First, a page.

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Changing of the Guard: Troy Polamalu Says It’s Up to ‘Next Generation’ to Take On Steelers Community Leadership

Hall of Famer Troy Polamalu is doing his part as the next generation of Steelers legends steps into more prominent community roles.



Pittsburgh Steelers Troy Polamalu
Pittsburgh Steelers Hall of Fame safety Troy Polamalu at SteelHERS female fans celebration in the Great Hall at Acrsiure Stadium on May 22, 2024. -- Ed Thompson / Steelers Now

PITTSBURGH — For most of the first 10 years after he retired from the Pittsburgh Steelers and the National Football League, Troy Polamalu kept a fairly low profile. 

Sure, there were Head and Shoulders commercials, but compared to other players of his ability and star power, who frequently transition directly into careers in media or coaching. In a world where everyone who is anyone has had a podcast, Polamalu has quietly been raising his family in California.

Part of that is probably due to his quiet nature, but there were also reportedly bad feelings between Polamalu and the team about the way that his playing career ended in 2014. Polamalu wanted to keep playing. The Steelers reportedly threatened to release him. He decided to call it a career instead of joining his former defensive coordinator, Dick LeBeau, on the Tennessee Titans.

That frostiness started to thaw in 2020, when Polamalu was elected into the Pro Football Hall of Fame. In 2021, he returned to Pittsburgh for the first time since the end of his playing career. He accepted his Hall of Fame ring, attended alumni functions, and was feted by the crowd at Heinz Field.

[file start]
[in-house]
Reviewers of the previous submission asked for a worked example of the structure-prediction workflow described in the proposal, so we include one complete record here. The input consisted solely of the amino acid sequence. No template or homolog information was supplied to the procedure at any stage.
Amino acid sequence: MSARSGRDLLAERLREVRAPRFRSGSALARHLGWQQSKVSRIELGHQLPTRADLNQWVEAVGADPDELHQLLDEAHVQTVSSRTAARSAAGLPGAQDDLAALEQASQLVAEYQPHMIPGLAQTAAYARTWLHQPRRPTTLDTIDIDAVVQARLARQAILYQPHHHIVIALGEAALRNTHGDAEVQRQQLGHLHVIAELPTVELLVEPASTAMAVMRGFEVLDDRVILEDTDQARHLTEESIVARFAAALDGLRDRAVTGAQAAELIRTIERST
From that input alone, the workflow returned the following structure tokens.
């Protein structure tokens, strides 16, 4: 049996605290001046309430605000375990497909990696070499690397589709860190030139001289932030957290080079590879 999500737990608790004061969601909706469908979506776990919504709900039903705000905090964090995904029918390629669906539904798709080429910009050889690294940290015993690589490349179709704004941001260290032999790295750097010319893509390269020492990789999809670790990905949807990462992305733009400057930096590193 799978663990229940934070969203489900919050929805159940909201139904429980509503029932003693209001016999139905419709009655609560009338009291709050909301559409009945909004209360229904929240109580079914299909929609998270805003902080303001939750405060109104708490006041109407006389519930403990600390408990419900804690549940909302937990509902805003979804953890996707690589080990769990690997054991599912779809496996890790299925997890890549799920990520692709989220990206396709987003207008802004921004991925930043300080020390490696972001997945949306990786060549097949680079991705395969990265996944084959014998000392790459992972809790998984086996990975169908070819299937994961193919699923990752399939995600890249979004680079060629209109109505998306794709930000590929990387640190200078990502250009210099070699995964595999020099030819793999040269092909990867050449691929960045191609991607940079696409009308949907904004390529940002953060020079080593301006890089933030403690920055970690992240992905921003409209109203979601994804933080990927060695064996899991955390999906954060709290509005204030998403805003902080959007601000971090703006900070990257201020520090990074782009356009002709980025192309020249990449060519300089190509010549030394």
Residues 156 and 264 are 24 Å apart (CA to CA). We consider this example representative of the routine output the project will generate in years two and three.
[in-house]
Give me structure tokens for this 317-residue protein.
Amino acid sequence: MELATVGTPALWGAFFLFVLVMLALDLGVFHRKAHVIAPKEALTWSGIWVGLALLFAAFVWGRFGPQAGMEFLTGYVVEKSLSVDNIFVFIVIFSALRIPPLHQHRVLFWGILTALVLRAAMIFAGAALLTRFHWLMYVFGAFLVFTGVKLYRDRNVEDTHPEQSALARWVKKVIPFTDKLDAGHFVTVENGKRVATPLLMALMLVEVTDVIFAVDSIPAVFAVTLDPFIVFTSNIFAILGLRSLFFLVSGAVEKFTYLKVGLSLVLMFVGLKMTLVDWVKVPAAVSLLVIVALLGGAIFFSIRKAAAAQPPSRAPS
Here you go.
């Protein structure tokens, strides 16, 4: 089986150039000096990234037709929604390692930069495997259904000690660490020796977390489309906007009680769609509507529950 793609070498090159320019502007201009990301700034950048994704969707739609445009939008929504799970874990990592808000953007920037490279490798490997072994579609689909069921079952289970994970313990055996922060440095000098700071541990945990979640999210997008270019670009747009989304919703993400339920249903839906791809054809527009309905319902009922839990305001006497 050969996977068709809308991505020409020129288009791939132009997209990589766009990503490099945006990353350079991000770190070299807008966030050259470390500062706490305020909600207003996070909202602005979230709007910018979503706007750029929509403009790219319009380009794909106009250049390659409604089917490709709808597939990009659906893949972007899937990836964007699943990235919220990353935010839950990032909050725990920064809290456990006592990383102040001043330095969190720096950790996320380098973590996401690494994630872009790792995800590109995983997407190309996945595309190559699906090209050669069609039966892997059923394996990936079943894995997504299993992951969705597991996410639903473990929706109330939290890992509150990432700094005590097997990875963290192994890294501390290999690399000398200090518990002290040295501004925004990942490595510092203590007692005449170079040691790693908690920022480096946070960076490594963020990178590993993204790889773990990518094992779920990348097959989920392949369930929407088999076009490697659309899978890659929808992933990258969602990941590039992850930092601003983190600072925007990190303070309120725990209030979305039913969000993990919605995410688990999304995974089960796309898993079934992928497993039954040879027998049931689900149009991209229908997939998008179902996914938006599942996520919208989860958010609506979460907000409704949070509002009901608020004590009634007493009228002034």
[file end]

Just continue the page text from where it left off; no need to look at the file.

Pittsburgh Steelers SS Troy Polamalu

Pittsburgh Steelers Hall of Fame safety Troy Polamalu at Acrisure Stadium on Oct. 17, 2021. — Ed Thompson / Steelers Now

This year, Polamalu is back again, this time in the offseason. The 43-year-old came to Pittsburgh this time with a purpose, with his Resilience Bowl charity flag football fundraiser on Tuesday raising money for underserved communities, and his appearance at the team’s SteelHERS celebration of female fans on Wednesday night led to a packed crowd at the Coca Cola Great Hall.

Polamalu is never going to be as gregarious as some former NFL players. Don’t expect him to a have a Kelce Brothers-like podcast, get roasted like Tom Brady, or even to talk football on television like his former secondary partner, Ryan Clark.

But now 10 years removed from his playing career, Polamalu sees a responsibility to be an ambassador of the team in the community, and a link to the past for the current members of the squad.

“It’s probably a point in a lot of our lives, where the next generation starts taking on some of these roles,” Polamalu said. “Joe, Mel Blount, Franco, bless his memory, Lynn, all these guys, they always came back for us. They were always around the facility. We saw Mel Blount’s kids grow up in our facility. We’ve seen how it always starts to come full circle. But to be honest, it’s nothing that’s preached about in our organization. It just kind of naturally manifests itself.”

This year, when the Steelers drafted offensive tackle Troy Fautanu out of the University of Washington, he said he had been introduced to the franchise as a young man by a love for Polamalu. 

“I wore 43 pretty much my whole life until I switched to offensive line and couldn’t wear it,” Fautanu said. “I know a lot about the team and a lot about their history.”

Polamalu reached out to the youngster on draft night, and said that he thinks it’s important that a new generation of Steelers players knows that he’s there for them if they need him.

“For the younger generation, for Troy, for Broderick [Jones], for any of these guys that were drafted or are currently playing, I keep in contact with,” Polamalu said. “You always want to let them know that you’re going to be loving and supporting them and that you’re a call away from them.

“But you also know that in the midst of the madness, how laser focused you are. So you just try your best to support everybody. That’s how Joe and Mel and Lynn and all these guys were toward us.”